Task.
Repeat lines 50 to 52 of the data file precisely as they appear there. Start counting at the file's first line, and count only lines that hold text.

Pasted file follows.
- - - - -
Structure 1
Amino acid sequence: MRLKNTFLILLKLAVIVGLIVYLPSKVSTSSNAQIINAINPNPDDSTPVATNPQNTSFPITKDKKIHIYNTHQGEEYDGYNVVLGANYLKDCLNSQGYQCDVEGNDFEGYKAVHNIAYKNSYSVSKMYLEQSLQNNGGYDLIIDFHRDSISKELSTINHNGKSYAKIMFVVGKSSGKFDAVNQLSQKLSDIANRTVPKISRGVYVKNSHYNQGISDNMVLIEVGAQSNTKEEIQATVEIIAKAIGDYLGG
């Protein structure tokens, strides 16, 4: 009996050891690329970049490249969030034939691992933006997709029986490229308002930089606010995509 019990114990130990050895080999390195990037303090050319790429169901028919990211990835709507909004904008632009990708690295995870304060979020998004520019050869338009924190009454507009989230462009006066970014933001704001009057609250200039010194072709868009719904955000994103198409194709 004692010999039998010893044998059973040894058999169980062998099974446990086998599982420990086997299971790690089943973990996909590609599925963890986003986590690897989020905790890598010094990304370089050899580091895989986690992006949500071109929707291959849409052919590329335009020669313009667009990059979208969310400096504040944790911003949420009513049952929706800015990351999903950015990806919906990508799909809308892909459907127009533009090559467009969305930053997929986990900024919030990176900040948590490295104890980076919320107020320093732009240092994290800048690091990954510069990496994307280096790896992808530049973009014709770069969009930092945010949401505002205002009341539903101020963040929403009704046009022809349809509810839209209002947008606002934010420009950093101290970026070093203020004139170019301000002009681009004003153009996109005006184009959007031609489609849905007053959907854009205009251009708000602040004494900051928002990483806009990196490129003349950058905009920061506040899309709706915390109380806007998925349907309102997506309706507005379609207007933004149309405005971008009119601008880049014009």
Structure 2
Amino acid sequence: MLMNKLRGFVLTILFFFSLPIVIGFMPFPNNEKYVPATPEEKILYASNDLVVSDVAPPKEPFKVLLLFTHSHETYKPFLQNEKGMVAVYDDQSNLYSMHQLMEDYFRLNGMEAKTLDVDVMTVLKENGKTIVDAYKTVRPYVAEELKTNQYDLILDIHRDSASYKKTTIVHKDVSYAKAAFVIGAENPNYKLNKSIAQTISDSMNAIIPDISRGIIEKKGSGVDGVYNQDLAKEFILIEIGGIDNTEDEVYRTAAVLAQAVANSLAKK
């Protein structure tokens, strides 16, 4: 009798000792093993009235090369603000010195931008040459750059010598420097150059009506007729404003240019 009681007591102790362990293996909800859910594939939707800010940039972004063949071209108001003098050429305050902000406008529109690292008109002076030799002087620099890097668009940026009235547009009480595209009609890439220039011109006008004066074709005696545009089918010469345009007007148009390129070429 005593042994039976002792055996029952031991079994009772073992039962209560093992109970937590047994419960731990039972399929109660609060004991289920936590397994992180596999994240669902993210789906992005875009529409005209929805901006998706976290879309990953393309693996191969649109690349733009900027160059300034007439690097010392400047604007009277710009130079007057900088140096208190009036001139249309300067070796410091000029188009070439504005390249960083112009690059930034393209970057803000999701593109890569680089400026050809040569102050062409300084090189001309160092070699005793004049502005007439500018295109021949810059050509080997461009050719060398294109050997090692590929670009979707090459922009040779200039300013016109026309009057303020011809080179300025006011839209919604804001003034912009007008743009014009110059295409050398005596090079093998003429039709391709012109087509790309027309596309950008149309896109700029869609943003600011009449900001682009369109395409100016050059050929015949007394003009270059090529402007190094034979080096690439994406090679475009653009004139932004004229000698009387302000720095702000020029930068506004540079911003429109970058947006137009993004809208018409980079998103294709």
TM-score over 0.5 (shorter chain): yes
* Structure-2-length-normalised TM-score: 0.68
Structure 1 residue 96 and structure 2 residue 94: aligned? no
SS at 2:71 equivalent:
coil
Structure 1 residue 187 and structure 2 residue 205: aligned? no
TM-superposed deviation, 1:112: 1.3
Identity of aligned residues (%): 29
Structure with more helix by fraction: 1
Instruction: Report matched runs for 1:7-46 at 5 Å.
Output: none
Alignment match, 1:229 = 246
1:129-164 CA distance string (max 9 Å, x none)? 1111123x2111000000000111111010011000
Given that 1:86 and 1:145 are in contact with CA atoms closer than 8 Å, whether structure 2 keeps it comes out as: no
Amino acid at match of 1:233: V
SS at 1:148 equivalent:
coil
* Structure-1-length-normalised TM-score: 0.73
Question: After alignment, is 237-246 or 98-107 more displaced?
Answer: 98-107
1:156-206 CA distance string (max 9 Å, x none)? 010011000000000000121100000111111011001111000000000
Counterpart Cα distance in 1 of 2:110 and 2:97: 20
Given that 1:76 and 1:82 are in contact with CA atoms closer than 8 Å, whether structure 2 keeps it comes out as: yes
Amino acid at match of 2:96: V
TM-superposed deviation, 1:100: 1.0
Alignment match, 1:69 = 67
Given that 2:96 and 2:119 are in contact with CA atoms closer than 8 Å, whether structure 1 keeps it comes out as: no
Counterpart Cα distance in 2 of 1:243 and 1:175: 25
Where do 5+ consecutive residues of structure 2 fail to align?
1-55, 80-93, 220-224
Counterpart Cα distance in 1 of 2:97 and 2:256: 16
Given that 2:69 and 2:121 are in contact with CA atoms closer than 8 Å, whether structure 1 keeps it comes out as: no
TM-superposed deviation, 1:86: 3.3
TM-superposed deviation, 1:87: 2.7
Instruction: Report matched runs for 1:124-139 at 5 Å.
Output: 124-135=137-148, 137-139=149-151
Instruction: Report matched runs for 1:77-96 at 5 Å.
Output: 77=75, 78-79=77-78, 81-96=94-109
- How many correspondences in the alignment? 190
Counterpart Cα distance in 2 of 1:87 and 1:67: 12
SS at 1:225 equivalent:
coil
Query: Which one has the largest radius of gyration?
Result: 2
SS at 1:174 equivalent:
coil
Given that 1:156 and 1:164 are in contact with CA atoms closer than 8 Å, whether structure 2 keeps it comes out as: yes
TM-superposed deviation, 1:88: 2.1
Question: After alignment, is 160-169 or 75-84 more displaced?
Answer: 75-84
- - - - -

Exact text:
Result: 2
SS at 1:174 equivalent:
coil